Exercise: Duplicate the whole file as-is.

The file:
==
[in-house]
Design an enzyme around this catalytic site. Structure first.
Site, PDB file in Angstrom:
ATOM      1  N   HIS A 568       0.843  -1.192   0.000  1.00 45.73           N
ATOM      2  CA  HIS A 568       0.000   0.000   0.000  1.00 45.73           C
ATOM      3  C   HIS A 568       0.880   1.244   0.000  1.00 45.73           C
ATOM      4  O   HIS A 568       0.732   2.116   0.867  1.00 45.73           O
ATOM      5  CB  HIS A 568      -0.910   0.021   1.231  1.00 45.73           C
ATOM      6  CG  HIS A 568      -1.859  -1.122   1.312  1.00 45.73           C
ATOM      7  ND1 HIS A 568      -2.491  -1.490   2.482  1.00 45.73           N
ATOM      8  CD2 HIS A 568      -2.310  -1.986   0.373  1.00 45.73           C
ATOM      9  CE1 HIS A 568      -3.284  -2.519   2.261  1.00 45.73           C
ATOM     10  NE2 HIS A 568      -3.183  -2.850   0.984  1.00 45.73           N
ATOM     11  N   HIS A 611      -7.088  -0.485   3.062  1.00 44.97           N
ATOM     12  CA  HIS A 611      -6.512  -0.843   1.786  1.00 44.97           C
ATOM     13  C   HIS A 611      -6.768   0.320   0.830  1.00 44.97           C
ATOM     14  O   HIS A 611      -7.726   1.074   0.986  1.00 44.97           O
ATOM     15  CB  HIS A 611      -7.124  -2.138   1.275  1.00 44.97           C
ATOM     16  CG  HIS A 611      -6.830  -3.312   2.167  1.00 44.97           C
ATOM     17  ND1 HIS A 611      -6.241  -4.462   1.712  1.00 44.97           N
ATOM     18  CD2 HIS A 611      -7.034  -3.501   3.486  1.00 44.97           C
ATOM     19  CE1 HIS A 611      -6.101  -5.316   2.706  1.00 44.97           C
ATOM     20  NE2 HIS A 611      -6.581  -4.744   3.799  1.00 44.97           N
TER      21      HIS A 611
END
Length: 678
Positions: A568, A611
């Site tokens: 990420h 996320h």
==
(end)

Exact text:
[in-house]
Design an enzyme around this catalytic site. Structure first.
Site, PDB file in Angstrom:
ATOM      1  N   HIS A 568       0.843  -1.192   0.000  1.00 45.73           N
ATOM      2  CA  HIS A 568       0.000   0.000   0.000  1.00 45.73           C
ATOM      3  C   HIS A 568       0.880   1.244   0.000  1.00 45.73           C
ATOM      4  O   HIS A 568       0.732   2.116   0.867  1.00 45.73           O
ATOM      5  CB  HIS A 568      -0.910   0.021   1.231  1.00 45.73           C
ATOM      6  CG  HIS A 568      -1.859  -1.122   1.312  1.00 45.73           C
ATOM      7  ND1 HIS A 568      -2.491  -1.490   2.482  1.00 45.73           N
ATOM      8  CD2 HIS A 568      -2.310  -1.986   0.373  1.00 45.73           C
ATOM      9  CE1 HIS A 568      -3.284  -2.519   2.261  1.00 45.73           C
ATOM     10  NE2 HIS A 568      -3.183  -2.850   0.984  1.00 45.73           N
ATOM     11  N   HIS A 611      -7.088  -0.485   3.062  1.00 44.97           N
ATOM     12  CA  HIS A 611      -6.512  -0.843   1.786  1.00 44.97           C
ATOM     13  C   HIS A 611      -6.768   0.320   0.830  1.00 44.97           C
ATOM     14  O   HIS A 611      -7.726   1.074   0.986  1.00 44.97           O
ATOM     15  CB  HIS A 611      -7.124  -2.138   1.275  1.00 44.97           C
ATOM     16  CG  HIS A 611      -6.830  -3.312   2.167  1.00 44.97           C
ATOM     17  ND1 HIS A 611      -6.241  -4.462   1.712  1.00 44.97           N
ATOM     18  CD2 HIS A 611      -7.034  -3.501   3.486  1.00 44.97           C
ATOM     19  CE1 HIS A 611      -6.101  -5.316   2.706  1.00 44.97           C
ATOM     20  NE2 HIS A 611      -6.581  -4.744   3.799  1.00 44.97           N
TER      21      HIS A 611
END
Length: 678
Positions: A568, A611
């Site tokens: 990420h 996320h």